The Conservative party have given up on Scotland. That's the inevitable conclusion from their campaign this week which has focused almost exclusively on ramping up English fears about the rise of the SNP.
In an interview with Andrew Marr on Sunday, David Cameron said the prospect of SNP MPs having any influence on the next government was "frightening".
"This would be the first time in our history that a group of nationalists from one part of our country would be involved in altering the direction of the government of our country and I think that is a frightening prospect," he said.
This is a very strange message to send to Scottish voters. The impression given is that the prime minister of the United Kingdom is frightened by the prospect of Scots having any influence over the government which rules them. Not only is he frightened, but he wants to prevent it happening at all costs. As far as Cameron is concerned, if you're Scottish and you elect a non-unionist MP, then your voice must not be heard.
Cameron's intervention was followed by a series of headlines accusing the SNP of trying to "blackmail" and hold the rest of the UK to "ransom" with accusations that the SNP are trying to help Labour "steal" power from the Tories.
If that message wasn't clear enough, Cameron also announced this week that a Conservative government would carry out an annual review of measures taken by the Scottish government to make sure they don't have an "adverse impact" on the rest of the UK.
The purpose of these two interventions could not be clearer. They were both designed to create and inflame anti-Scottish feeling among the English in order to stay in power.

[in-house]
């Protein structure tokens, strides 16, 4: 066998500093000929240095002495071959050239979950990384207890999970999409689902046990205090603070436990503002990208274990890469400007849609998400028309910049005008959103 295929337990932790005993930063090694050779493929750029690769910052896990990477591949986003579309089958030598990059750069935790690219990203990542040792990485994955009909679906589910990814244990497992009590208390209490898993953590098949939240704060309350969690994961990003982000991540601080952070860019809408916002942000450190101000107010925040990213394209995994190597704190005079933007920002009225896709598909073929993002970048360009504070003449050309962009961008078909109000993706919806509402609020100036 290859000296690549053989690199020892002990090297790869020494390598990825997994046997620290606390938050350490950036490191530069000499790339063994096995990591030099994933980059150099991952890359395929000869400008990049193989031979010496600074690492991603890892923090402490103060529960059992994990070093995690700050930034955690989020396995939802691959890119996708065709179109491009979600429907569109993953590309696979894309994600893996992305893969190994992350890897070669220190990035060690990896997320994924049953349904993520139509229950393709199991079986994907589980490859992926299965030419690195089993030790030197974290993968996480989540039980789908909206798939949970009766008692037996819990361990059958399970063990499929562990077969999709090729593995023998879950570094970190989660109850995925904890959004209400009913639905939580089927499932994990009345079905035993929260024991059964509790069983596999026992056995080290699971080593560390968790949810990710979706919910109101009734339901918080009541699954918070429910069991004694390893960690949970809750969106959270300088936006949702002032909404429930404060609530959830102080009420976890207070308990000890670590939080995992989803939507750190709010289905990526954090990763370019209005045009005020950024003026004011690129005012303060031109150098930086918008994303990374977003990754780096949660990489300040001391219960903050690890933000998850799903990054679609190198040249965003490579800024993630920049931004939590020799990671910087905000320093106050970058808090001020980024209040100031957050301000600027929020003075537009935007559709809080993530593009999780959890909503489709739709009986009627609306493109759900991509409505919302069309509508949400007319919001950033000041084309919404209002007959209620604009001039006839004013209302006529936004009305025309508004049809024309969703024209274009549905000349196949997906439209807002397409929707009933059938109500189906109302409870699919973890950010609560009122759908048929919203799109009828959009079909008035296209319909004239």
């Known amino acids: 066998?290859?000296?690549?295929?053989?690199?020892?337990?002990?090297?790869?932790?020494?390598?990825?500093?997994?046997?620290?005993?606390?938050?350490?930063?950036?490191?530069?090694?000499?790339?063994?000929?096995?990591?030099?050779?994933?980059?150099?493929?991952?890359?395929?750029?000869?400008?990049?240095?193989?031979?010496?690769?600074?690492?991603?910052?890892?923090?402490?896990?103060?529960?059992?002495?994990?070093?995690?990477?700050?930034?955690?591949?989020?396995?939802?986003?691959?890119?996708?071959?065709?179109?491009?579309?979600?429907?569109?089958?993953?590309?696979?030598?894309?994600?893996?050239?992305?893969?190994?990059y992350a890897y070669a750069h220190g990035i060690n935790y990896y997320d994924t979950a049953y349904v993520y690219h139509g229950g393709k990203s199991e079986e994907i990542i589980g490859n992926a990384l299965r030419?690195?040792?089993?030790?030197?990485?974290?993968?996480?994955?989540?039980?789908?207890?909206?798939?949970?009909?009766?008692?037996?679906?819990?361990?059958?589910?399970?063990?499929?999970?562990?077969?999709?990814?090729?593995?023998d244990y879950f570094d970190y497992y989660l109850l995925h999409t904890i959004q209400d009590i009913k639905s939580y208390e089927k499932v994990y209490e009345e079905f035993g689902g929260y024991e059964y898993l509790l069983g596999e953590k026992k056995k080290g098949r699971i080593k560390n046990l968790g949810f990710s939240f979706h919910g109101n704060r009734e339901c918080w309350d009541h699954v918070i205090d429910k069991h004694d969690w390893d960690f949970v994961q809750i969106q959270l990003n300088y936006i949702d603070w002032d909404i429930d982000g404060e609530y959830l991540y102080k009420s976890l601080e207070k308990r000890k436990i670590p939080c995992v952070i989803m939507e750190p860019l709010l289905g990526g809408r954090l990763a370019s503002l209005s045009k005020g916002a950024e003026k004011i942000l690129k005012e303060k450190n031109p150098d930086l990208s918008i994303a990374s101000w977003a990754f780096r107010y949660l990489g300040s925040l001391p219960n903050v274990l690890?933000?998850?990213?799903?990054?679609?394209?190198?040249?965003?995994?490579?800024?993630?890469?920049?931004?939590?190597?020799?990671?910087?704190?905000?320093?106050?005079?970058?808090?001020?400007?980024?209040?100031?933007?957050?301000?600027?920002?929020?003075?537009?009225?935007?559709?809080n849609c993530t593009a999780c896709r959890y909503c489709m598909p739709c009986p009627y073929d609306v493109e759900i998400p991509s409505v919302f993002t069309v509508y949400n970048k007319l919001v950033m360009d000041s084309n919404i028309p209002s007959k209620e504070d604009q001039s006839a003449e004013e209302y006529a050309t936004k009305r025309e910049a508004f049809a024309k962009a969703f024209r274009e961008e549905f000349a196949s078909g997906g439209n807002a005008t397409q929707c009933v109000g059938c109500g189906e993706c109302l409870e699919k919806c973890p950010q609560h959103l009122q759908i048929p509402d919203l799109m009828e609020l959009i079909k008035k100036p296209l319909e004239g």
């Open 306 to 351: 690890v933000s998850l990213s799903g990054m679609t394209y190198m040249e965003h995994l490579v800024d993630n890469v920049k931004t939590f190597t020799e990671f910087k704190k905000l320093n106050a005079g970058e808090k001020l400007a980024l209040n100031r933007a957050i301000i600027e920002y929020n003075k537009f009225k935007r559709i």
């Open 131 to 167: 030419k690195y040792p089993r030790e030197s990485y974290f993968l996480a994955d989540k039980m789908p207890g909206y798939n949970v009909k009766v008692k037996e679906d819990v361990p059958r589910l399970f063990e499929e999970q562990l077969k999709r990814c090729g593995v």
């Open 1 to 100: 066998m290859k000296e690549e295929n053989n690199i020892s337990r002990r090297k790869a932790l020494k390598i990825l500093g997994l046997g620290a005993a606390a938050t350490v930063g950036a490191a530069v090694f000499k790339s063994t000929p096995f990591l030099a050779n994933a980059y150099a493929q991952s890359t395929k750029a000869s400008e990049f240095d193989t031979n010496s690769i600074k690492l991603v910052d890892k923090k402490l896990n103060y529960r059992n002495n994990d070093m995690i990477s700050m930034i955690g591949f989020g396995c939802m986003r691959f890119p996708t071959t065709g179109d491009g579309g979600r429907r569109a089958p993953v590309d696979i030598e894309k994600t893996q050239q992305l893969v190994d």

It is an ugly and divisive strategy. But will it actually work?
Well new polling out today suggests that it just might. Pollsters YouGov asked voters a series of questions on how they would feel about the SNP having any influence over the formation and running of the UK government.
They found that for the overwhelming majority of people, it would make no difference. About a third of voters will back the Tories anyway so cannot be swayed. A further chunk are worried but would still rather have the SNP influencing the government than see the Conservatives back in power. A further chunk would actually like to see the SNP have some influence, while a further chunk aren't bothered either way.
Once you take all those people away, you are left with just eight per cent of people who are not already voting Tory and for whom the issue has at least the potential to swing their vote. This small chunk of the electorate are overwhelmingly Ukip voters, Lib Dems and non-voters.
Quite how many of these (if any) actually will vote Conservative because of this issue remains to be seen. Of the polls we have seen this week, most have actually seen Ukip's vote rise slightly while there has been no significant change in headline voting intentions so far.
However this new poll suggests that this could change if the Tories continue to relentlessly push this message over the next two weeks.
But what is most revealing about this Tory campaign is quite how narrow it has now become. Any attempt to win over Labour voters, or voters in the North or Scotland appears to have been abandoned. Any attempt to debate the issues has been all but thrown aside.
Instead we are seeing a narrow drive to scare just enough Ukip voters about invading Scots, in order to nudge David Cameron over the line.
The price of such a victory could be large. As several senior Tory figures have warned over the past few days, Cameron's rhetoric risks further straining relations between Scotland and England and could even put the future of the Union at risk.
However none of this seems to worry Cameron right now. As Tory minister David Gauke admitted to the Daily Politics yesterday, with just one Conservative MP left north of the border, keeping Scotand in the Union "isn't particularly in the interests of the Conservative party," any more.
All that matters now is keeping Labour out of power and if that means giving up on Scotland then so be it.